One more time

Gov. John Kitzhaber came in for some well-deserved praise last week when he succeeded in getting the Legislature to agree to a package of bills that could take a big bite out of the state's unfunded pension liability. So what does he do for an encore?

You would be forgiven if you didn't immediately think of sweeping tax reform, but that's what the governor has in mind. And in this state, tax reform inevitably means invoking the "S" word: sales tax.

Anyone hyperventilating or running for the computer to fire off an email flame should take a deep breath.

Kitzhaber, wisely, hasn't actually uttered the dreaded term yet. And any effort to achieve a real tax overhaul will be lengthy, so there's plenty of time to weigh in.

But make no mistake: A sales tax is bound to be part of that discussion, for one simple reason. That's where the money is.

No other tax would generate enough dollars to reduce the income tax rate and significantly shrink the percentage of state money the income tax provides to Oregon.

Oregon's quirky approach to funding government has long caused head-scratching in other states, all of which have a more balanced revenue system.

Oregon is not the only state without a sales tax — that distinction is shared with four other states. But those states all have other income sources, some not available here, that help balance their reliance on the personal income tax. Resource-rich Montana and Alaska, for instance, get a large percentage of their revenue from taxes on oil and mining companies.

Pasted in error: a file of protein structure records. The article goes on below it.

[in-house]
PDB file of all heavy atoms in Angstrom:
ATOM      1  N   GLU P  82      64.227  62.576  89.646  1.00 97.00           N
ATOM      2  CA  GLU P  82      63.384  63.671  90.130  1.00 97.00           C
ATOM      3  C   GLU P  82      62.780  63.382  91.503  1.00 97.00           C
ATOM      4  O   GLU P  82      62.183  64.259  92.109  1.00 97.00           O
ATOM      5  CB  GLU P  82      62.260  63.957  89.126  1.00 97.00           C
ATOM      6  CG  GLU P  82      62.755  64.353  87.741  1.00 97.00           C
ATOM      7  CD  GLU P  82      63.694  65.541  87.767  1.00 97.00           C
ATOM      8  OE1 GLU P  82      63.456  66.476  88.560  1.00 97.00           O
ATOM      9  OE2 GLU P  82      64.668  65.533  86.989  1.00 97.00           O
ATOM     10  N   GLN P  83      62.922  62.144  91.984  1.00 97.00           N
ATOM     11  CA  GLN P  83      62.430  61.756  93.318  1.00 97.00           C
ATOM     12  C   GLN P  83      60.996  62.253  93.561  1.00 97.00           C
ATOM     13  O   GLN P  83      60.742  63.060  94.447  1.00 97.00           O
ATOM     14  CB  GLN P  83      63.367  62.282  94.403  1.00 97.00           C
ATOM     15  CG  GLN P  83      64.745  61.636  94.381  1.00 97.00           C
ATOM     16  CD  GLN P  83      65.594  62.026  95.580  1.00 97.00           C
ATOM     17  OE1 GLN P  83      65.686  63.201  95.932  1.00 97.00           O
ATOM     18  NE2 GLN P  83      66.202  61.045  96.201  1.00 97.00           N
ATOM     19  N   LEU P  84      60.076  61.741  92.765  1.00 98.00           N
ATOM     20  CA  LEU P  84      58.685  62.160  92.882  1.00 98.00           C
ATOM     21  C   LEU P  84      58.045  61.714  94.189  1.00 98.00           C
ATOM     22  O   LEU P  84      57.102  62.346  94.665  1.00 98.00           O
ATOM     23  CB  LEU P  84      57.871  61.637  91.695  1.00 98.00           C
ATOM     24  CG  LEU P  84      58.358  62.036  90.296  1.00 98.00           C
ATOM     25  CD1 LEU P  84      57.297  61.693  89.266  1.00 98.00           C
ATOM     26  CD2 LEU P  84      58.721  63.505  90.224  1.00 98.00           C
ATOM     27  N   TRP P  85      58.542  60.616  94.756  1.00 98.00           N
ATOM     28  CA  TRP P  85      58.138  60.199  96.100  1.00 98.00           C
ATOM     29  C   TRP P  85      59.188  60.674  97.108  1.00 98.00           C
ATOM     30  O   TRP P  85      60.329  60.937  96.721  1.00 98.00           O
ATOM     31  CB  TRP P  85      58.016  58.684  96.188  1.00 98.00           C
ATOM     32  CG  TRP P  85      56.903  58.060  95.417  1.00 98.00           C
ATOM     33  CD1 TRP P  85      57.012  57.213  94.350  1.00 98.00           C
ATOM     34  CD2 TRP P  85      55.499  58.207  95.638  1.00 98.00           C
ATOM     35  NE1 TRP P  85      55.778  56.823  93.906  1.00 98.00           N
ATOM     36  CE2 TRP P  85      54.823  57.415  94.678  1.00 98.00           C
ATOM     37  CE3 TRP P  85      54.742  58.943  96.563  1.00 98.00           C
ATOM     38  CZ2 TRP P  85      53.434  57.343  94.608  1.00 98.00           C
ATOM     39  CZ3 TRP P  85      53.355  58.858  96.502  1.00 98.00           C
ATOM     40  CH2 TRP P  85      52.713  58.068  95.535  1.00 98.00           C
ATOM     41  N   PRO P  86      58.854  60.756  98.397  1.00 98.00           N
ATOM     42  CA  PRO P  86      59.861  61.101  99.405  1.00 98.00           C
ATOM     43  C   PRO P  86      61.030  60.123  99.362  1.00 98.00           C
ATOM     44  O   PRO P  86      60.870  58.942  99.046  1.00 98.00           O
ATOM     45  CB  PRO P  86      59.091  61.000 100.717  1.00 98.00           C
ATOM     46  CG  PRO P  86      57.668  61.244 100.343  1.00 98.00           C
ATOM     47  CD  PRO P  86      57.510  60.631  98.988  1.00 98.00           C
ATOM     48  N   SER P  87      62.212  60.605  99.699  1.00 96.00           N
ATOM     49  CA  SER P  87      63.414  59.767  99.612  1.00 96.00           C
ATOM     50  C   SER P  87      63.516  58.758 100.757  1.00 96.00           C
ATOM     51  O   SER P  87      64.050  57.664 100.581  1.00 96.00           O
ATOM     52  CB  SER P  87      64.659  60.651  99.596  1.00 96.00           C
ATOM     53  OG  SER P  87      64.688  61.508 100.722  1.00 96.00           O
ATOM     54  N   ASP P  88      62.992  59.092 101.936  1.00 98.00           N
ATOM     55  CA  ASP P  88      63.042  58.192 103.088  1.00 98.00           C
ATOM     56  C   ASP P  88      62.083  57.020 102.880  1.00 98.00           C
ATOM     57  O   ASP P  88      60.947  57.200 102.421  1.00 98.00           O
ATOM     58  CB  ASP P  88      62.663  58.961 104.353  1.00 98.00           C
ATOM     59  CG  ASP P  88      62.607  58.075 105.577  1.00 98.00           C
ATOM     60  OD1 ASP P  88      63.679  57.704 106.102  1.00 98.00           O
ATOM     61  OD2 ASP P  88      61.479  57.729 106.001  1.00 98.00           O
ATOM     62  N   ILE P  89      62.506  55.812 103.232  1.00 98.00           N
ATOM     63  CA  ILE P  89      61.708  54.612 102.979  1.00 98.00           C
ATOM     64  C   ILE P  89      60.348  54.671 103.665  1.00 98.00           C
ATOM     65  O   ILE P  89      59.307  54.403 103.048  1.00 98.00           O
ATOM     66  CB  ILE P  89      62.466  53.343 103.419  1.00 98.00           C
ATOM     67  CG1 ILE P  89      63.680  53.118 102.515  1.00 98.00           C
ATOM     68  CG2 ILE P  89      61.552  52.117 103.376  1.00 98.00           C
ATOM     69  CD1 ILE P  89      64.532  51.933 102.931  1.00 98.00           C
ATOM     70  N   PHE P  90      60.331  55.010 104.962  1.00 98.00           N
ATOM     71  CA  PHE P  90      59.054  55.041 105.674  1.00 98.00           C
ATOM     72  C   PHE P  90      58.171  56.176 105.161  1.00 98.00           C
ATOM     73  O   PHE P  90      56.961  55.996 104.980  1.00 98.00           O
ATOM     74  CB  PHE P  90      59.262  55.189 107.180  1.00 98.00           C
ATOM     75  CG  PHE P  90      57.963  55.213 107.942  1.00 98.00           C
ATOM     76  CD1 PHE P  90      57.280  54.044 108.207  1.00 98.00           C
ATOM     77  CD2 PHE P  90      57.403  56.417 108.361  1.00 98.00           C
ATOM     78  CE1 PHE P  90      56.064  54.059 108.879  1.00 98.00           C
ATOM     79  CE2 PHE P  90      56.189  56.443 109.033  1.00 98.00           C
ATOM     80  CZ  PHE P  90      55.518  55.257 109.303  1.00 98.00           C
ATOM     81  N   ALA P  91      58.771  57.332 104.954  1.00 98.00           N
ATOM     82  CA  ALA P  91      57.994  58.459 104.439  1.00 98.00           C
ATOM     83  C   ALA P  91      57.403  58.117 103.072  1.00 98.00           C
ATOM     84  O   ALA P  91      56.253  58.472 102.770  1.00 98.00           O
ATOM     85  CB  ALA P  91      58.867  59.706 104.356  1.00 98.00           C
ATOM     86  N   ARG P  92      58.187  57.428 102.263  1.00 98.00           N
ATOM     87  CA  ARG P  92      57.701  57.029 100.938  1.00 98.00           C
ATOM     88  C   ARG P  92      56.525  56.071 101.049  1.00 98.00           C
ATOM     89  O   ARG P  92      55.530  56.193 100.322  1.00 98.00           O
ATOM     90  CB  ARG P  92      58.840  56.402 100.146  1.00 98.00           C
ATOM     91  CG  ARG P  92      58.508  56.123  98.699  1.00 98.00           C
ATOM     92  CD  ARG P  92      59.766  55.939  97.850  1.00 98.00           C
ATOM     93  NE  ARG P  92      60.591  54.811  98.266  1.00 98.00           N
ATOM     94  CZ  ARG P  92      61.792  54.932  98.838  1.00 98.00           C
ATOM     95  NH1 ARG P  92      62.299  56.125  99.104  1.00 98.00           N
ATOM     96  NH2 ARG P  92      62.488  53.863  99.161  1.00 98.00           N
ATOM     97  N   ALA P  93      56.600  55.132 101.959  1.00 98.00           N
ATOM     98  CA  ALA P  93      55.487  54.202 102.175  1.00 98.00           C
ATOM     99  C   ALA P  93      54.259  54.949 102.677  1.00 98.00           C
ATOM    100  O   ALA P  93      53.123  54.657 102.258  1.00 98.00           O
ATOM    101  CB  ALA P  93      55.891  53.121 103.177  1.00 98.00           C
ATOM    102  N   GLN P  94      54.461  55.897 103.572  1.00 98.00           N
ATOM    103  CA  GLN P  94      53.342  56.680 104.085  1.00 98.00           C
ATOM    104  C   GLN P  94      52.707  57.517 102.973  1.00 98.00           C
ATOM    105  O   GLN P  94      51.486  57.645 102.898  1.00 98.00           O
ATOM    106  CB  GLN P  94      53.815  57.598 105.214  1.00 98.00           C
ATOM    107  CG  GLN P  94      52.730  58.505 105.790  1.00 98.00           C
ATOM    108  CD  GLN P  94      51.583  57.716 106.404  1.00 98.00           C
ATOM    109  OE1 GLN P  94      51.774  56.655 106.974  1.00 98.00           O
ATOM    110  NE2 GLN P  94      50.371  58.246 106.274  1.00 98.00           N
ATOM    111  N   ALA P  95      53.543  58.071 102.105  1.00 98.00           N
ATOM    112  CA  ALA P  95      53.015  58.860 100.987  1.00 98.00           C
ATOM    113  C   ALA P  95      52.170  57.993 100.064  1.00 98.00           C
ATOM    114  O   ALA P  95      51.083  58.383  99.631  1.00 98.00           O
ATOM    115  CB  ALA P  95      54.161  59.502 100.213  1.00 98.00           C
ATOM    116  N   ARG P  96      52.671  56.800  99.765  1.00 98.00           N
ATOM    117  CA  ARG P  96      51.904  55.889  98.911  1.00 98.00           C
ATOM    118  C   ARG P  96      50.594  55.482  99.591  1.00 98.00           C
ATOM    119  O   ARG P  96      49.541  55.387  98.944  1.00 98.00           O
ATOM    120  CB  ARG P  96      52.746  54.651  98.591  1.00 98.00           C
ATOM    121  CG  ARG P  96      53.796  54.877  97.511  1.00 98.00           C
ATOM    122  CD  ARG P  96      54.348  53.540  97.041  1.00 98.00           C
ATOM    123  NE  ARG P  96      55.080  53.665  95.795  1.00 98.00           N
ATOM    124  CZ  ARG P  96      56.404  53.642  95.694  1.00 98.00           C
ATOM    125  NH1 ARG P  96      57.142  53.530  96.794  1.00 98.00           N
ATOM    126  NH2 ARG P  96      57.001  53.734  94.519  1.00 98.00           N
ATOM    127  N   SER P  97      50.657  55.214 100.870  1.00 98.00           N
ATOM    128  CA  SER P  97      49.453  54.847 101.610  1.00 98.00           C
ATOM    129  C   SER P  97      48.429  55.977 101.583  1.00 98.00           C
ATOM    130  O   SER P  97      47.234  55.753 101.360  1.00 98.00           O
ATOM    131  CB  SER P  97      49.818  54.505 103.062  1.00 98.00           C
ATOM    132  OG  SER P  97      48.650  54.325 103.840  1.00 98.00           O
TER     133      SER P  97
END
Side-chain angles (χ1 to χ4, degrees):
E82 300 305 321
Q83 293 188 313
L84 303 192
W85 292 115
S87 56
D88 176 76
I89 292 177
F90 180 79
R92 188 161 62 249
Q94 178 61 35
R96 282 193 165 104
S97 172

Oregon relies on the income tax for 67.7 percent of its revenue. The only other state that relies more heavily on a single source is Alaska, with its oil tax.

The problem with the income tax, as we and many others have explained many times, is that it is volatile: the state is rolling in money when times are good and most residents are employed, and scraping for pennies when the economy tanks and workers are laid off.

Socking money away when times are good to tide the state over when things go south helps some, but Oregon voters haven't cooperated in that effort either. They repeatedly voted to have money returned to them when tax collections exceed projections by 2 percent or more, tying the hands of state budget-writers. The state's unique "kicker" law thus prevents lawmakers from doing the responsible thing and banking that money even if they wanted to.

Of course, part of the impetus for the kicker was that the public didn't trust legislators to act responsibly.

So now the governor has begun meeting with interested parties — he hasn't identified them, but business and labor groups would have to be on board for any proposal to have a chance.

It's worth noting that business interests have indicated they could support a limited sales tax if it meant easing the income tax bite. One of the key elements of last week's special session deal was a reduction in the rate paid by small business owners whose profits are taxed on their personal return.

Labor groups and Democrats object that the sales tax hits hardest on low-income residents who spend a larger portion of their income on necessities than the wealthy. But that regressive nature can be limited by exempting such things as food and medicine and by keeping the rate low.

One significant advantage is that the sales tax would collect money from nonresidents who vacation here or travel through — something the current system does not do.

Many have talked tax reform over the years in Oregon, and many previous attempts an overhaul have failed. But nothing will be gained without trying again.

Let the discussion begin.

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